Georgia Governor Will Veto Anti-LGBT ‘Religious Freedom’ Bill

It would have allowed religious groups to discriminate against the LGBT community.

Photo via (cc) Flickr user Jamelle Bouie

Last week, GOOD reported that major businesses including Disney and the NFL took stances against an anti-gay “religious freedom” bill that had been passed by both of Georgia’s legislative chambers. House Bill 757, also known as the Pastor Protection Act, would have given faith-based organizations the right to fire people who violate a group’s “sincerely held religious beliefs.” It also would have allowed clergy to refuse to perform same-sex weddings. But today, Georgia Governor Nathan Deal announced that he would veto the bill.

“I do not think we have to discriminate against anyone to protect the faith-based community,” Deal said. “I believe it is about the character of our state, and the character of our people.” Although the governor didn’t say that he was vetoing the bill to avoid pending economic fallout, over the weekend, his chief of staff, Chris Riley, sent an email to the State House speaker’s top aide, saying: “We received official notification this morning that Georgia was dropped from contention from two pending economic projects we had been working at [the Georgia Department of Economic Development] prior to any decision being made on the bill.” Riley added, “Both projects cited Hb 757 as why they were removing Georgia from consideration.”

The announcement comes one day after the business coalition Georgia Prospers announced that more than 500 companies in the Peach State opposed H.B. 757. Georgia Prospers said its members believe that the state should build “a strong business brand and high quality of life that provides an open and inclusive home for all.” Stoppage of the bill is a victory for Georgia’s LGBT community and shows the tremendous power of its business community when it unites to fight for social justice.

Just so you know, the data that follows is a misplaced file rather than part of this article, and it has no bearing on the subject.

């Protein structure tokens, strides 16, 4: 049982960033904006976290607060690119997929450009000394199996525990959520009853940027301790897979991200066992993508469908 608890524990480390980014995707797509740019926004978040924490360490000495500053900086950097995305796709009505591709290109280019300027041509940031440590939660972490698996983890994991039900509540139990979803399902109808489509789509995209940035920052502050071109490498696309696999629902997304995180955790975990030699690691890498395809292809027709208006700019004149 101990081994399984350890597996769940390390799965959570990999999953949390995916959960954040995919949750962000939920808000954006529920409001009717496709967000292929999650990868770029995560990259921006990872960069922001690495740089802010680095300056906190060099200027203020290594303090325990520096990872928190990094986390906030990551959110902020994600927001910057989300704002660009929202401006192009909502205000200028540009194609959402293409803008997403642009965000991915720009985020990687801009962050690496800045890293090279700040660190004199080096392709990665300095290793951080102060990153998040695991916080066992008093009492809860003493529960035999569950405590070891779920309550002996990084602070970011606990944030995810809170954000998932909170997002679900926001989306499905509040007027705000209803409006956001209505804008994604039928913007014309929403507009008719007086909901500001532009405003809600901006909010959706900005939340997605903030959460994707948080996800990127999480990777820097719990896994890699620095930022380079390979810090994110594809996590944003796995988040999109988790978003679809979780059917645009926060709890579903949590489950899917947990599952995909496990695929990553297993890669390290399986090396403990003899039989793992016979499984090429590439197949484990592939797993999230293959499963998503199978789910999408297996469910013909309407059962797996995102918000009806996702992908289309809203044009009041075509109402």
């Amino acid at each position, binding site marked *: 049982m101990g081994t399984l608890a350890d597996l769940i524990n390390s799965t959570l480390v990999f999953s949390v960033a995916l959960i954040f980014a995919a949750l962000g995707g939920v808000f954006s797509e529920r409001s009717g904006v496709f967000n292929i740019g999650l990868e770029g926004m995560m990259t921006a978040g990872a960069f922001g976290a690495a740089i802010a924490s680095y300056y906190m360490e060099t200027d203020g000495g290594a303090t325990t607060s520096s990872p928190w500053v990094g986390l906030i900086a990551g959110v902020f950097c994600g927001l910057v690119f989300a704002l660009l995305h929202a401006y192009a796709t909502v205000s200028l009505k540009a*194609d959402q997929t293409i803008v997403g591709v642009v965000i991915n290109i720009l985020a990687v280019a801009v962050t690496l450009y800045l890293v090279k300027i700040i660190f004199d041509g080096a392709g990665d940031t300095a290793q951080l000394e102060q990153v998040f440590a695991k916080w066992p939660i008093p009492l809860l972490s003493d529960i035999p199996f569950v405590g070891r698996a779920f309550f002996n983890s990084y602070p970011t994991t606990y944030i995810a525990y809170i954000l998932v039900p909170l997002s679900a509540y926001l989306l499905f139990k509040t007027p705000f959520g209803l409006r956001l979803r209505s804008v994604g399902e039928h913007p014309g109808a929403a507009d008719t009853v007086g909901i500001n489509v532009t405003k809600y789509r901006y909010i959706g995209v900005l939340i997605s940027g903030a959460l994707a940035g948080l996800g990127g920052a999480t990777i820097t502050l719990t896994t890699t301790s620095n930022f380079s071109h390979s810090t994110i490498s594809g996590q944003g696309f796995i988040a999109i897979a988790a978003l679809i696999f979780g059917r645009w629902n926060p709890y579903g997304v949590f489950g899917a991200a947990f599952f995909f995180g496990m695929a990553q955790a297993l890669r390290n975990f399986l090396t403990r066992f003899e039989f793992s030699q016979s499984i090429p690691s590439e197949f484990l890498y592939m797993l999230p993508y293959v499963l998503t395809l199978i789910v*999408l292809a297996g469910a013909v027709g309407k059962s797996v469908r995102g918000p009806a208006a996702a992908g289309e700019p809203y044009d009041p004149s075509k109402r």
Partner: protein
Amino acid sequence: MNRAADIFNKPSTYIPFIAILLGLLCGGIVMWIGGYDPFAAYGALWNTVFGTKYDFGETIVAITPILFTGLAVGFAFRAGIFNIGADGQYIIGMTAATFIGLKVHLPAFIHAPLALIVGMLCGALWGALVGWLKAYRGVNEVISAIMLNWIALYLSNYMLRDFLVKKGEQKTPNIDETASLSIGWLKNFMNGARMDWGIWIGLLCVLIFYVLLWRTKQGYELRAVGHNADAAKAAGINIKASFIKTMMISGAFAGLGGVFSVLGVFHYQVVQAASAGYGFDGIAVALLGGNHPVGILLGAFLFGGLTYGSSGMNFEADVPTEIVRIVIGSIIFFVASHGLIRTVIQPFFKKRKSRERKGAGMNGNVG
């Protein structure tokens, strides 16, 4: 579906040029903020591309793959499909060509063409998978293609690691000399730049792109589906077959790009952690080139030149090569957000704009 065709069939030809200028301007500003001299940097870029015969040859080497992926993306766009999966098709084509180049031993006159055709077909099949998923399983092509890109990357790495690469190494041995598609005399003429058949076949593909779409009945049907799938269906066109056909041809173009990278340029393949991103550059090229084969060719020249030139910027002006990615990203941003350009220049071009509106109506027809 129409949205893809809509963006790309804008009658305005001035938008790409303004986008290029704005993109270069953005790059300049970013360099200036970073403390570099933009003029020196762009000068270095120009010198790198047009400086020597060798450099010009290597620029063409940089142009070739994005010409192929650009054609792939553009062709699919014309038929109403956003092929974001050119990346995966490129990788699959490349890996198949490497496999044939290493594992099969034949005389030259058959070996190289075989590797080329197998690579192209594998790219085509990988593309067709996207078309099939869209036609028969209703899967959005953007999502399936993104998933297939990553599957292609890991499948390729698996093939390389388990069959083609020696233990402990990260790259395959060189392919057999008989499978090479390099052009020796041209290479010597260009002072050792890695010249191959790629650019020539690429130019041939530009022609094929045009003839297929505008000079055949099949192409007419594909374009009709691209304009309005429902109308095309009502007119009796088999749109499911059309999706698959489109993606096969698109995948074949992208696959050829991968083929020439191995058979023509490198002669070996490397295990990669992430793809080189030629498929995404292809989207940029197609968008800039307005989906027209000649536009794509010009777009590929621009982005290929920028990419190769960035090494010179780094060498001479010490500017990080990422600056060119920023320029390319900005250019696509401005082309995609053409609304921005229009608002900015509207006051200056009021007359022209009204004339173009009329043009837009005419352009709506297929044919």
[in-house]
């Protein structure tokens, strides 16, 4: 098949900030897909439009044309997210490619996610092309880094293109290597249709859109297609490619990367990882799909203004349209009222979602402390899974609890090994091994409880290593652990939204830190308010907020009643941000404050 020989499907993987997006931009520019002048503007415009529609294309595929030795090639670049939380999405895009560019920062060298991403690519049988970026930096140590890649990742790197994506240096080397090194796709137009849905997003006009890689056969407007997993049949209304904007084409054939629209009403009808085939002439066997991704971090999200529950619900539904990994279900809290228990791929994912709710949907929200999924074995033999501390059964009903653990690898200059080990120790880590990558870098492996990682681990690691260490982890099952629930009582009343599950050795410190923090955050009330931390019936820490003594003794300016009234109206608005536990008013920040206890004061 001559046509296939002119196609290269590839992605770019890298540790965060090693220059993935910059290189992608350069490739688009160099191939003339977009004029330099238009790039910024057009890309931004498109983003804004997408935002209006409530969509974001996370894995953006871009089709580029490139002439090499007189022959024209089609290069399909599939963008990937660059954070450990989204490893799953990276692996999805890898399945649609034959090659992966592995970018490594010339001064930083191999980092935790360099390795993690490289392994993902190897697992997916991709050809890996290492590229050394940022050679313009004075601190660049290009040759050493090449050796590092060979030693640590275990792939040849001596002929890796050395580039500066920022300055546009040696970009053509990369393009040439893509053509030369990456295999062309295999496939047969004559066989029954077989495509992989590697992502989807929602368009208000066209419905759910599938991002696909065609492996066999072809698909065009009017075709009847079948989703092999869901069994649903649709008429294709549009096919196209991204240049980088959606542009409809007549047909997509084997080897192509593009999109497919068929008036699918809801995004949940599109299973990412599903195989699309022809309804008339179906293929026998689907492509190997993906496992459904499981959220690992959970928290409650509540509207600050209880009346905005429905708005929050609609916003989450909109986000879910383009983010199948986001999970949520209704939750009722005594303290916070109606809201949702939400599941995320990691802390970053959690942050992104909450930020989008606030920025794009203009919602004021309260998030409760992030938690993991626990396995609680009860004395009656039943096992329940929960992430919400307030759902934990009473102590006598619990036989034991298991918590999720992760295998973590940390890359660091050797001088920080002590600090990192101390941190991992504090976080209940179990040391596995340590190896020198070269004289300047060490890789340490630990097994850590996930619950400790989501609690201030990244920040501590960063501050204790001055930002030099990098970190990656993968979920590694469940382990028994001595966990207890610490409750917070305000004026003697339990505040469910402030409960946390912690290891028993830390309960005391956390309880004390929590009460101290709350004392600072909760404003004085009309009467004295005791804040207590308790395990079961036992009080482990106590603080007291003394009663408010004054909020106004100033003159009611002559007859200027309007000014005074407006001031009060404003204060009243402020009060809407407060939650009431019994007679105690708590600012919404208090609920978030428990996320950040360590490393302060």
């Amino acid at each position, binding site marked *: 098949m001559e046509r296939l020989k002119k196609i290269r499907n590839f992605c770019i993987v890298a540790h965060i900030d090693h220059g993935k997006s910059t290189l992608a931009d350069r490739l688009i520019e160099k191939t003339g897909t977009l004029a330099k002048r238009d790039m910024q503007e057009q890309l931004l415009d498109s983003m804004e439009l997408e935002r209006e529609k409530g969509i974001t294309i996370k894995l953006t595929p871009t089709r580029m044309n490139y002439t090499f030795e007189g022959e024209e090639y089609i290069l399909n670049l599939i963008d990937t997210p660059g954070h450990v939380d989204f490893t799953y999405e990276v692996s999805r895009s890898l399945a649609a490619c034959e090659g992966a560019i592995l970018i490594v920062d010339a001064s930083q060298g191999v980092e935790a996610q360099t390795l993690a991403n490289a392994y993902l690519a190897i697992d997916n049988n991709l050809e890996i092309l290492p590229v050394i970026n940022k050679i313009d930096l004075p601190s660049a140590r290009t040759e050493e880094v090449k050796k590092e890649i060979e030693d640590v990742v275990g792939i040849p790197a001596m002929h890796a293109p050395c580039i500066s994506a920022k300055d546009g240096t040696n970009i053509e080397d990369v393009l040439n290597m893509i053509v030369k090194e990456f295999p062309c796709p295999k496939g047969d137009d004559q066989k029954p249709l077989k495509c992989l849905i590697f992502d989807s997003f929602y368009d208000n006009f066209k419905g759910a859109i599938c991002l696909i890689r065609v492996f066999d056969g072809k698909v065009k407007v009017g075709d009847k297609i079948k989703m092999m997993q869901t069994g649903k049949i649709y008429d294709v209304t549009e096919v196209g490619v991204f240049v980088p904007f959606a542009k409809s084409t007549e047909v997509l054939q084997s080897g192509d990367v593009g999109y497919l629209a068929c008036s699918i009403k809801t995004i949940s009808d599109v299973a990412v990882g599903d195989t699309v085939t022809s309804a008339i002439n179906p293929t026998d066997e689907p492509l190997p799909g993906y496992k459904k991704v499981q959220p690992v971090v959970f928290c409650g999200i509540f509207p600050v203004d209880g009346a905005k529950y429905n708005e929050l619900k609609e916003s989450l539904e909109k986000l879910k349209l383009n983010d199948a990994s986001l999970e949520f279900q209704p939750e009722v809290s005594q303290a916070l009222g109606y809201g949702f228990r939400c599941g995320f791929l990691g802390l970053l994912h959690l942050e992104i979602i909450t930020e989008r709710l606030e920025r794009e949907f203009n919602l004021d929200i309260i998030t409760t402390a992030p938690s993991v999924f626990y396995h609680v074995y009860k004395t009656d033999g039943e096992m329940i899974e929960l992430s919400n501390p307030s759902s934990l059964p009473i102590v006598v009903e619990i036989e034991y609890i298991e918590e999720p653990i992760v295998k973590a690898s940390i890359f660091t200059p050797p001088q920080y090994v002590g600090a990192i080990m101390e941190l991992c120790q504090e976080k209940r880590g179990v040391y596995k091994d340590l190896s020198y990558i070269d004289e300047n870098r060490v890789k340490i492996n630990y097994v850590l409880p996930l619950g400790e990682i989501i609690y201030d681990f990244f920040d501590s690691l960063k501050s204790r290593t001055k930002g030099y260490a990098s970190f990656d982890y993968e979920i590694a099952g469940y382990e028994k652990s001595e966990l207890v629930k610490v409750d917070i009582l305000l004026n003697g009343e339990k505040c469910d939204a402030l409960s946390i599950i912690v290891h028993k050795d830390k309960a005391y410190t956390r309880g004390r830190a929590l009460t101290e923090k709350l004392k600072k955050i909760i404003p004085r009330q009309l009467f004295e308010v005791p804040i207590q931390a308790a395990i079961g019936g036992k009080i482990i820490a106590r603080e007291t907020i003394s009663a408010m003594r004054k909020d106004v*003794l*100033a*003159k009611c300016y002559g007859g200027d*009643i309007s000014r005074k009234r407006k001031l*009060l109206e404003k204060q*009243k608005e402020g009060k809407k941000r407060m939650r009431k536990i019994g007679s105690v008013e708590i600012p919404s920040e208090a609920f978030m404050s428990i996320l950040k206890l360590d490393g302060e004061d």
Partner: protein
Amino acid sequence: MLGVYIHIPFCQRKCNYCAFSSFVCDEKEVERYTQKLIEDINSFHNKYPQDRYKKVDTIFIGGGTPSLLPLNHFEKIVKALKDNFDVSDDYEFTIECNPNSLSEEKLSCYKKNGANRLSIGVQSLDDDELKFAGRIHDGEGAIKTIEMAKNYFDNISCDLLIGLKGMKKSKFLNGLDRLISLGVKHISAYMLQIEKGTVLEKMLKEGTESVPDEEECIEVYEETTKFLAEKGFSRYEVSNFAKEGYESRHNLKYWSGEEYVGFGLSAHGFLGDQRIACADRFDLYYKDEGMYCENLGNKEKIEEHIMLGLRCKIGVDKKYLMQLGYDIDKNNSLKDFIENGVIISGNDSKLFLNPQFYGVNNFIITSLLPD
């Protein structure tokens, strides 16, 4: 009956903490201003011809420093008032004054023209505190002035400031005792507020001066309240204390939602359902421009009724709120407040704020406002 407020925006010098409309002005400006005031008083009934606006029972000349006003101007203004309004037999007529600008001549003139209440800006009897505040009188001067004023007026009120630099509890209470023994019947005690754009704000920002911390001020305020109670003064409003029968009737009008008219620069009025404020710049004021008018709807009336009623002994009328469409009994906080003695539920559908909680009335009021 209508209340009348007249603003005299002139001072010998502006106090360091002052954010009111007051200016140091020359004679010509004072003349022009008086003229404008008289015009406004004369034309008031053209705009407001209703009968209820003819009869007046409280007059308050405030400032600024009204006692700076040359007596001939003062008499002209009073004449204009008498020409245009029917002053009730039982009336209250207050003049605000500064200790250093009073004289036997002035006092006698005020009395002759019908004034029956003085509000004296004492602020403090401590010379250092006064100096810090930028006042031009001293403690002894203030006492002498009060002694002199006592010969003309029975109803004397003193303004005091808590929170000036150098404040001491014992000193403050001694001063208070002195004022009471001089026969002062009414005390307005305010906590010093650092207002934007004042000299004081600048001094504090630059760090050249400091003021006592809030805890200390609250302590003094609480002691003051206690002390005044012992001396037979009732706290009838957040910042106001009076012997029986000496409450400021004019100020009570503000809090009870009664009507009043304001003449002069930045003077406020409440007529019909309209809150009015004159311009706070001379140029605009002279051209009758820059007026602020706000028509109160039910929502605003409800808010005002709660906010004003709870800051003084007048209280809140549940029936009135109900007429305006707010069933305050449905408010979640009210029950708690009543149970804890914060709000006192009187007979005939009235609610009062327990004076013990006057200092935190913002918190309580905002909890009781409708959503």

Seventy-five years ago, on January 27, 1945, the Soviet Army liberated the Auschwitz concentration camp operated by Nazi Germany in occupied Poland.

Auschwitz was the deadliest of Nazi Germany's 20 concentration camps. From 1940 to 1945 of the 1.3 million prisoners sent to Auschwitz, 1.1 million died. That figure includes 960,000 Jews, 74,000 non-Jewish Poles, 21,000 Roma, 15,000 Soviet prisoners of war, and up to 15,000 other Europeans.

The vast majority of the inmates were murdered in the gas chambers while others died of starvation, disease, exhaustion, and executions.

Keep Reading
via Barry Schapiro / Twitter

The phrase "stay in your lane" is usually lobbed at celebrities who talk about politics on Twitter by people who disagree with them. People in the sports world will often get a "stick to sports" when they try to have an opinion that lies outside of the field of play.

Keep Reading
via Stu Hansen / Twitter

In a move that feels like the subject line of a spam email or the premise of a bad '80s movie, online shopping mogul Yusaku Maezawa is giving away money as a social experiment.

Maezawa will give ¥1 million yen ($9,130) to 1,000 followers who retweeted his January 1st post announcing the giveaway. The deadline to retweet was Tuesday, January 7.

Keep Reading